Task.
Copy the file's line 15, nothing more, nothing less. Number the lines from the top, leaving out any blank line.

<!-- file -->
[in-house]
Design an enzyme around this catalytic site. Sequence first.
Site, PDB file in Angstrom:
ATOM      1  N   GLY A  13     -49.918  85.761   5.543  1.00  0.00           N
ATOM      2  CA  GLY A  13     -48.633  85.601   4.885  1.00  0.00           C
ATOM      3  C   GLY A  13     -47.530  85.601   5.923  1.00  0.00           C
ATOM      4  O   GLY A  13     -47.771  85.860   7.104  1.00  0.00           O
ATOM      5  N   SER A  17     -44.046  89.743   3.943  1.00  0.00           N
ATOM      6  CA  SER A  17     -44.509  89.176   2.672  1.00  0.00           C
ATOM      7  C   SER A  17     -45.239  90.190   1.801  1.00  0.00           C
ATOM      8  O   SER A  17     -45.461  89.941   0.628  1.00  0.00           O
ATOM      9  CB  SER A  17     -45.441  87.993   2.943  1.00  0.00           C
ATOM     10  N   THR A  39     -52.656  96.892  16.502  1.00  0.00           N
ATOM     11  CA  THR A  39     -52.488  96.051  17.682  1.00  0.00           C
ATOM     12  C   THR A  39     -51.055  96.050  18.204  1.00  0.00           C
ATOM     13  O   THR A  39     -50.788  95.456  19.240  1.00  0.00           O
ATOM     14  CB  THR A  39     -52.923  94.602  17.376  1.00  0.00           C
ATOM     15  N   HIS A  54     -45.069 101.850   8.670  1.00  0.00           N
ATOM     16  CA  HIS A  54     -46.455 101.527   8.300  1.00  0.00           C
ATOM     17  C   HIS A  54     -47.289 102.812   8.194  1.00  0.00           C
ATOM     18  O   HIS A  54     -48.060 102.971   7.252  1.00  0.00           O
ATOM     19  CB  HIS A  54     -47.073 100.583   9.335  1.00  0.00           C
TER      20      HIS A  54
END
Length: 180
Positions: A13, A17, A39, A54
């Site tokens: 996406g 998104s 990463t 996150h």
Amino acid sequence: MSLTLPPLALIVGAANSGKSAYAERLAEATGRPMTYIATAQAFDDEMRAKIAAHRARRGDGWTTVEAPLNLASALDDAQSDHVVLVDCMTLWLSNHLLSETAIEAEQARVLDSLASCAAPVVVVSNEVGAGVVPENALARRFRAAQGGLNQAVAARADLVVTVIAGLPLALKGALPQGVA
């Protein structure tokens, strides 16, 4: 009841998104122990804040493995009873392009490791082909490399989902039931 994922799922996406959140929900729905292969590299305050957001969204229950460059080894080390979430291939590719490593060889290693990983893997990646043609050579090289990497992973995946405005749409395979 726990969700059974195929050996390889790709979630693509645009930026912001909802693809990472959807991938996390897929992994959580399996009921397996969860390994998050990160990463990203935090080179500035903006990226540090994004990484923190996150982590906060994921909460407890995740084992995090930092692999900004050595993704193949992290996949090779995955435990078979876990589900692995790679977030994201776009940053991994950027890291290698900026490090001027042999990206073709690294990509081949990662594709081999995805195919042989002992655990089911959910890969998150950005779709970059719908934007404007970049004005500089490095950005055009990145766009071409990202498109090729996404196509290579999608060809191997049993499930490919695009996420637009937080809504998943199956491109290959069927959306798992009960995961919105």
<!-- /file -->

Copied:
ATOM     12  C   THR A  39     -51.055  96.050  18.204  1.00  0.00           C